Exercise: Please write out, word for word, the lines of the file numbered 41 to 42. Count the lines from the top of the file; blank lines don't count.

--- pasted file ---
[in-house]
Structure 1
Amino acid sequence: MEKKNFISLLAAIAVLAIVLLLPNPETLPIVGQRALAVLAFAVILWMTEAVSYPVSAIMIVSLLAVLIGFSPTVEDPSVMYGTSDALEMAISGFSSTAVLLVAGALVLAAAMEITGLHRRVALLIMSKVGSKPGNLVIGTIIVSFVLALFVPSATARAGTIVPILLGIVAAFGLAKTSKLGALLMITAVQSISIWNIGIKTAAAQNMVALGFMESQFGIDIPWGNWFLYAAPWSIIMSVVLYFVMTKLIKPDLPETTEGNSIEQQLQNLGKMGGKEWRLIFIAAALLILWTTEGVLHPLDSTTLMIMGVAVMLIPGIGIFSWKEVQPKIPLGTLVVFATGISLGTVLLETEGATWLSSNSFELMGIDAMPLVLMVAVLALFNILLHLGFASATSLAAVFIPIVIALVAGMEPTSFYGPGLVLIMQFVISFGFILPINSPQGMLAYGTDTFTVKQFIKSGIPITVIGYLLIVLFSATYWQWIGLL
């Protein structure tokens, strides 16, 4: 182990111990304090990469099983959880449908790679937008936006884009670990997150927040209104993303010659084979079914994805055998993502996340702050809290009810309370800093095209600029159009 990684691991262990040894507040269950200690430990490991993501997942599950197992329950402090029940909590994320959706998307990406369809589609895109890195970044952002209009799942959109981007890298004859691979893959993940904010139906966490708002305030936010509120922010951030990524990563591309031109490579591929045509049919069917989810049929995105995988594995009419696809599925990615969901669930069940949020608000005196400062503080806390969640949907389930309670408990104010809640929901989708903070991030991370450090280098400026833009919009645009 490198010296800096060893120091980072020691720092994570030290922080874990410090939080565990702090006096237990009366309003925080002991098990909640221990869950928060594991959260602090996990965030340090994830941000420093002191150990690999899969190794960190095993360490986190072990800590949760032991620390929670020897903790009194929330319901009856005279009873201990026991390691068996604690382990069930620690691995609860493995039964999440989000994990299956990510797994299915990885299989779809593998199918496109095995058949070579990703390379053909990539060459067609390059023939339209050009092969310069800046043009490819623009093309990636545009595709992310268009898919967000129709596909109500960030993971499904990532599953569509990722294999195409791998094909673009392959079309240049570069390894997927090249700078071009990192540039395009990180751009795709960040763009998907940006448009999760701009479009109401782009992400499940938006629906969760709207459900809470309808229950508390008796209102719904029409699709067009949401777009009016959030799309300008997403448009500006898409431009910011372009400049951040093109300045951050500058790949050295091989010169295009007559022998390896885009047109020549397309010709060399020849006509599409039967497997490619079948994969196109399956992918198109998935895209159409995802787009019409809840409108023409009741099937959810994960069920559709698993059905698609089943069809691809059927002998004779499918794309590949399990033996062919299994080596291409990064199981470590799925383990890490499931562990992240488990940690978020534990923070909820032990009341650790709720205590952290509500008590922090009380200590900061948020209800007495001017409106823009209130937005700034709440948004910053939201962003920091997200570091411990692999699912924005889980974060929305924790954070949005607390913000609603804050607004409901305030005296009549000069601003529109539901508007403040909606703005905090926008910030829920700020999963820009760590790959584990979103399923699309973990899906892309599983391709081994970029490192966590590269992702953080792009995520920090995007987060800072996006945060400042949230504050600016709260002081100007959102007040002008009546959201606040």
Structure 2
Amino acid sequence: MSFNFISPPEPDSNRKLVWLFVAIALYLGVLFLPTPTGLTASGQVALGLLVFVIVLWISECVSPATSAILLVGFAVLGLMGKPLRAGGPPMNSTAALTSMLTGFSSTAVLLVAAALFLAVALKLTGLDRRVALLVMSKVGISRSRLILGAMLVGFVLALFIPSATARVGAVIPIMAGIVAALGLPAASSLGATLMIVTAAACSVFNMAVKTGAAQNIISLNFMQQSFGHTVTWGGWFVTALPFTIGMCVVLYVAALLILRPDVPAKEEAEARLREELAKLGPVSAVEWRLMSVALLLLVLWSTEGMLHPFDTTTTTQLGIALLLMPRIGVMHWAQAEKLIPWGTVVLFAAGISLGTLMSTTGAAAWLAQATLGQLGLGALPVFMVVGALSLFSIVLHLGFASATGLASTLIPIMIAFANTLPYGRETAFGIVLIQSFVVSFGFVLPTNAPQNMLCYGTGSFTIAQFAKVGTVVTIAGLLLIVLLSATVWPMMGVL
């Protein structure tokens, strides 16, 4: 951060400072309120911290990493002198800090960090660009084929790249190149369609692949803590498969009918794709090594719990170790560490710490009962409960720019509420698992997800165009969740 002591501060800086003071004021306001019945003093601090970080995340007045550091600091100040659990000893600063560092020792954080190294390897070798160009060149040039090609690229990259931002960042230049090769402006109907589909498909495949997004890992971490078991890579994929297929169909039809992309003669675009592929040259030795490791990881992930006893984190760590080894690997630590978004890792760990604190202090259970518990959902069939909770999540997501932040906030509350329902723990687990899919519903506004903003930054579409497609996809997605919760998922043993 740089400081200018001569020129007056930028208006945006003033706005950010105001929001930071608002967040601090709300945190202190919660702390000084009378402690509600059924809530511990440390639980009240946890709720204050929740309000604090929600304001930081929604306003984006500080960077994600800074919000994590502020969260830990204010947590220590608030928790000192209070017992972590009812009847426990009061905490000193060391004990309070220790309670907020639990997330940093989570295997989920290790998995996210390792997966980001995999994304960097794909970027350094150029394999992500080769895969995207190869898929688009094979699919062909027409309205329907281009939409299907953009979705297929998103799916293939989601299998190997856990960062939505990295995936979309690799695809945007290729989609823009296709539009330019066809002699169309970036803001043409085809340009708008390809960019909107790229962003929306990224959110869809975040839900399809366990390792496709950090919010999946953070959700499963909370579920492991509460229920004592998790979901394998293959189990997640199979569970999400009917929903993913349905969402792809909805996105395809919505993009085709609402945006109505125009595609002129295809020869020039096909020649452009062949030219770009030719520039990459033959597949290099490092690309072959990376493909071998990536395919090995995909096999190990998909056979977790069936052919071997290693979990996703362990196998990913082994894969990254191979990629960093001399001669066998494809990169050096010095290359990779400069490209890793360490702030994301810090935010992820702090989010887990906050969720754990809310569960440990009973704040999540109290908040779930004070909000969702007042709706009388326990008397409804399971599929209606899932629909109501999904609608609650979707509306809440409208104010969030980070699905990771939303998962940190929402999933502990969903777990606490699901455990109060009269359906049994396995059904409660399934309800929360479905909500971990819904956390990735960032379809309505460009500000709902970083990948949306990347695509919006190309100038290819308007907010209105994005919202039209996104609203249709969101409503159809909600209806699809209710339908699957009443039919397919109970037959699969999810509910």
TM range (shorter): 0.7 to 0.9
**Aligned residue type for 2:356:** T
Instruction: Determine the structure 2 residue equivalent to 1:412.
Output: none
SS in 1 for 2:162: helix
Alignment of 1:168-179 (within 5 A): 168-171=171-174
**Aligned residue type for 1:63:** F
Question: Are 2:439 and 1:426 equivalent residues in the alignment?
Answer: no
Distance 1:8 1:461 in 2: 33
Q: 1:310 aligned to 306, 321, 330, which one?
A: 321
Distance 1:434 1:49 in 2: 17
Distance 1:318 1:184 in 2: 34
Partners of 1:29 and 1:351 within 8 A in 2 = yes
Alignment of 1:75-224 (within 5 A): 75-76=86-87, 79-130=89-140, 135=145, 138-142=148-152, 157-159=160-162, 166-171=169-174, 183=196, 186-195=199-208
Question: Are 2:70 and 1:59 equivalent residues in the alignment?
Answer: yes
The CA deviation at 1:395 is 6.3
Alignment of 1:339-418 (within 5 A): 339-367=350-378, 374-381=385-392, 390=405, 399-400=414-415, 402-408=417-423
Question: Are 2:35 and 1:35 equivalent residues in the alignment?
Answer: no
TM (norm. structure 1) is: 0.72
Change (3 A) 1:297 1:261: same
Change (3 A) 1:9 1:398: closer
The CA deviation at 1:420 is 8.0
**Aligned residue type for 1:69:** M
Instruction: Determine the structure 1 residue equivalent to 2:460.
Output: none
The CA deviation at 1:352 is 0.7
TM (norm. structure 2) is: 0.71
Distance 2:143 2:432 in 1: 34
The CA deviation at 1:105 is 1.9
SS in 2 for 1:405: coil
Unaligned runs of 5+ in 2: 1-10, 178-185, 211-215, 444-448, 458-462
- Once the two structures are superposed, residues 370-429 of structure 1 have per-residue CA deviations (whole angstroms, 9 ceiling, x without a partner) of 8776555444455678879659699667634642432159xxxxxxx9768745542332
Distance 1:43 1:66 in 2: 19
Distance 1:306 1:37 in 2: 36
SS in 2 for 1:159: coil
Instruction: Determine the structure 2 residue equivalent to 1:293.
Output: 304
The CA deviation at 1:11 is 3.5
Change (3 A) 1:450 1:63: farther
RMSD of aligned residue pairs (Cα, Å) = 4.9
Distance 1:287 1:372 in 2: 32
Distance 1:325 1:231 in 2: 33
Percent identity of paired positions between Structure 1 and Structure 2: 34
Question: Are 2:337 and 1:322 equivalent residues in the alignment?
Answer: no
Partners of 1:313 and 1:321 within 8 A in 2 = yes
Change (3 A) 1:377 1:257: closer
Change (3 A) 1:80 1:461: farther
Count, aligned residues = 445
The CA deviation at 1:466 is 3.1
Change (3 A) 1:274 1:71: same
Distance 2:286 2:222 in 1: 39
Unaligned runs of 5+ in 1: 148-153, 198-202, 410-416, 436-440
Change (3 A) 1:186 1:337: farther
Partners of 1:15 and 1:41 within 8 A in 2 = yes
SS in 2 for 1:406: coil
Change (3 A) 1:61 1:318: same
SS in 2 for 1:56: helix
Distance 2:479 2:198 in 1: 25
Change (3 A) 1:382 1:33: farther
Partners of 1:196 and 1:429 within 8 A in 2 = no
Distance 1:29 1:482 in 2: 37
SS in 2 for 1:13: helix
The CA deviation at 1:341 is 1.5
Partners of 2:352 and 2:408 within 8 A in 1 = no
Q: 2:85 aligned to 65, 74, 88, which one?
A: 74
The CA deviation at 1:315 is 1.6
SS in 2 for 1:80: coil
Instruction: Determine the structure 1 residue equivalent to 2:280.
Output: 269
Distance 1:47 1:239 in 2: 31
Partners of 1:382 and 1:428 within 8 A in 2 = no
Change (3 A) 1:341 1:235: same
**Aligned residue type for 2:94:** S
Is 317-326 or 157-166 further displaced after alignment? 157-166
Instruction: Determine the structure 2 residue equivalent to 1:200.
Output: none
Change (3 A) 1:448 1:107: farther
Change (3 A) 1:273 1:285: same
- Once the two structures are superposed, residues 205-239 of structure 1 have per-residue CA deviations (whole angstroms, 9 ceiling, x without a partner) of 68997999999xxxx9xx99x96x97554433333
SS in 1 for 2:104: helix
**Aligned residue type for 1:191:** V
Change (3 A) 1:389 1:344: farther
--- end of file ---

SS in 2 for 1:405: coil
Unaligned runs of 5+ in 2: 1-10, 178-185, 211-215, 444-448, 458-462